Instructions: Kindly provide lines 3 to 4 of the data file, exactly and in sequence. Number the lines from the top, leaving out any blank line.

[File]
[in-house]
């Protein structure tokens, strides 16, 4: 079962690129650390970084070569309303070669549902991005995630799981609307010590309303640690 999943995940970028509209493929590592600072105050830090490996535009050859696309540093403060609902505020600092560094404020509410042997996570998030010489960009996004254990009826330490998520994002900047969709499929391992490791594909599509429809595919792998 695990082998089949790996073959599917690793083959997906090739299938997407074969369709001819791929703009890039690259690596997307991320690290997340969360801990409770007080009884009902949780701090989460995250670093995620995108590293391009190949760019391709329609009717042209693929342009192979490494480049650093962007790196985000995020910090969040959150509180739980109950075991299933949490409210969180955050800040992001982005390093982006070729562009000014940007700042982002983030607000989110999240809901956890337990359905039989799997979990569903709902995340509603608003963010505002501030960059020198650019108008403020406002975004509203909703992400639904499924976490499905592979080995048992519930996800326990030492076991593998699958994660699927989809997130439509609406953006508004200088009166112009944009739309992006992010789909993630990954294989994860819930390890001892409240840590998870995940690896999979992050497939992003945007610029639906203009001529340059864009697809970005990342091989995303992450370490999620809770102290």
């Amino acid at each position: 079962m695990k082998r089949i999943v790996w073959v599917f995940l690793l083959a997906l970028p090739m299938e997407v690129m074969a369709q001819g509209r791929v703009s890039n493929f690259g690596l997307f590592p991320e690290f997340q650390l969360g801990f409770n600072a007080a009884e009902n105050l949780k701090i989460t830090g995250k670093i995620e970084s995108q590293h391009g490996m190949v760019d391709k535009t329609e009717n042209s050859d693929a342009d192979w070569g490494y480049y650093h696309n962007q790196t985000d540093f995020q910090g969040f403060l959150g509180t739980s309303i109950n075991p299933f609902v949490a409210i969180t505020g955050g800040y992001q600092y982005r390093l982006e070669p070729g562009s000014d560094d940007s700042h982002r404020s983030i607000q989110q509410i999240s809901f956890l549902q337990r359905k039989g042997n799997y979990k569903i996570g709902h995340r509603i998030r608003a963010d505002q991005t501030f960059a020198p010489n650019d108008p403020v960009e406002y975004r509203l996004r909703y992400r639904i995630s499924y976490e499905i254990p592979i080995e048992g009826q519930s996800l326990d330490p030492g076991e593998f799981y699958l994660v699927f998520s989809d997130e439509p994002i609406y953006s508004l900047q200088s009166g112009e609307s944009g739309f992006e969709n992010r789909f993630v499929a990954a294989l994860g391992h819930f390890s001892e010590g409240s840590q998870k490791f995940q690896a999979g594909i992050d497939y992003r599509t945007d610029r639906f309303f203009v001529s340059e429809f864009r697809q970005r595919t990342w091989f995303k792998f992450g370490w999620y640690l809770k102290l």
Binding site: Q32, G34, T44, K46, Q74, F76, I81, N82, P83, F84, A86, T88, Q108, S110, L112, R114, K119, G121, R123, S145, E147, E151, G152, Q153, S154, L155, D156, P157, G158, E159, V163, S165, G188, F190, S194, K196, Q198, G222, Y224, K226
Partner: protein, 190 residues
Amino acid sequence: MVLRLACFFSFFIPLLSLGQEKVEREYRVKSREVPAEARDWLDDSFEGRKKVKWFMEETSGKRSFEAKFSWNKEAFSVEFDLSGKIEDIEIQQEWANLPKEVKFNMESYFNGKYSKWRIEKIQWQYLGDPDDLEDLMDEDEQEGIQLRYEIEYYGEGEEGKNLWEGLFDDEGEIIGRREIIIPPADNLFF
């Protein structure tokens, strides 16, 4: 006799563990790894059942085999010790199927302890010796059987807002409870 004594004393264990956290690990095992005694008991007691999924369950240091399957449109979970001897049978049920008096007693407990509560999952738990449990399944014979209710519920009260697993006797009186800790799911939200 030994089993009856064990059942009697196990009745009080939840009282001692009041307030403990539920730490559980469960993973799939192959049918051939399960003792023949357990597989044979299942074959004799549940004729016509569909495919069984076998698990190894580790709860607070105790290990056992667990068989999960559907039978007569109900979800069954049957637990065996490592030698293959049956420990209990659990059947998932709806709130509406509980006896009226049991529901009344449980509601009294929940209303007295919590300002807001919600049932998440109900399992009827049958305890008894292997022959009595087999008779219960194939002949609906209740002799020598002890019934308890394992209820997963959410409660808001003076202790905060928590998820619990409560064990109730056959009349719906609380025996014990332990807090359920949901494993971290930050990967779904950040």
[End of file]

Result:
């Amino acid at each position: 079962m695990k082998r089949i999943v790996w073959v599917f995940l690793l083959a997906l970028p090739m299938e997407v690129m074969a369709q001819g509209r791929v703009s890039n493929f690259g690596l997307f590592p991320e690290f997340q650390l969360g801990f409770n600072a007080a009884e009902n105050l949780k701090i989460t830090g995250k670093i995620e970084s995108q590293h391009g490996m190949v760019d391709k535009t329609e009717n042209s050859d693929a342009d192979w070569g490494y480049y650093h696309n962007q790196t985000d540093f995020q910090g969040f403060l959150g509180t739980s309303i109950n075991p299933f609902v949490a409210i969180t505020g955050g800040y992001q600092y982005r390093l982006e070669p070729g562009s000014d560094d940007s700042h982002r404020s983030i607000q989110q509410i999240s809901f956890l549902q337990r359905k039989g042997n799997y979990k569903i996570g709902h995340r509603i998030r608003a963010d505002q991005t501030f960059a020198p010489n650019d108008p403020v960009e406002y975004r509203l996004r909703y992400r639904i995630s499924y976490e499905i254990p592979i080995e048992g009826q519930s996800l326990d330490p030492g076991e593998f799981y699958l994660v699927f998520s989809d997130e439509p994002i609406y953006s508004l900047q200088s009166g112009e609307s944009g739309f992006e969709n992010r789909f993630v499929a990954a294989l994860g391992h819930f390890s001892e010590g409240s840590q998870k490791f995940q690896a999979g594909i992050d497939y992003r599509t945007d610029r639906f309303f203009v001529s340059e429809f864009r697809q970005r595919t990342w091989f995303k792998f992450g370490w999620y640690l809770k102290l």
Binding site: Q32, G34, T44, K46, Q74, F76, I81, N82, P83, F84, A86, T88, Q108, S110, L112, R114, K119, G121, R123, S145, E147, E151, G152, Q153, S154, L155, D156, P157, G158, E159, V163, S165, G188, F190, S194, K196, Q198, G222, Y224, K226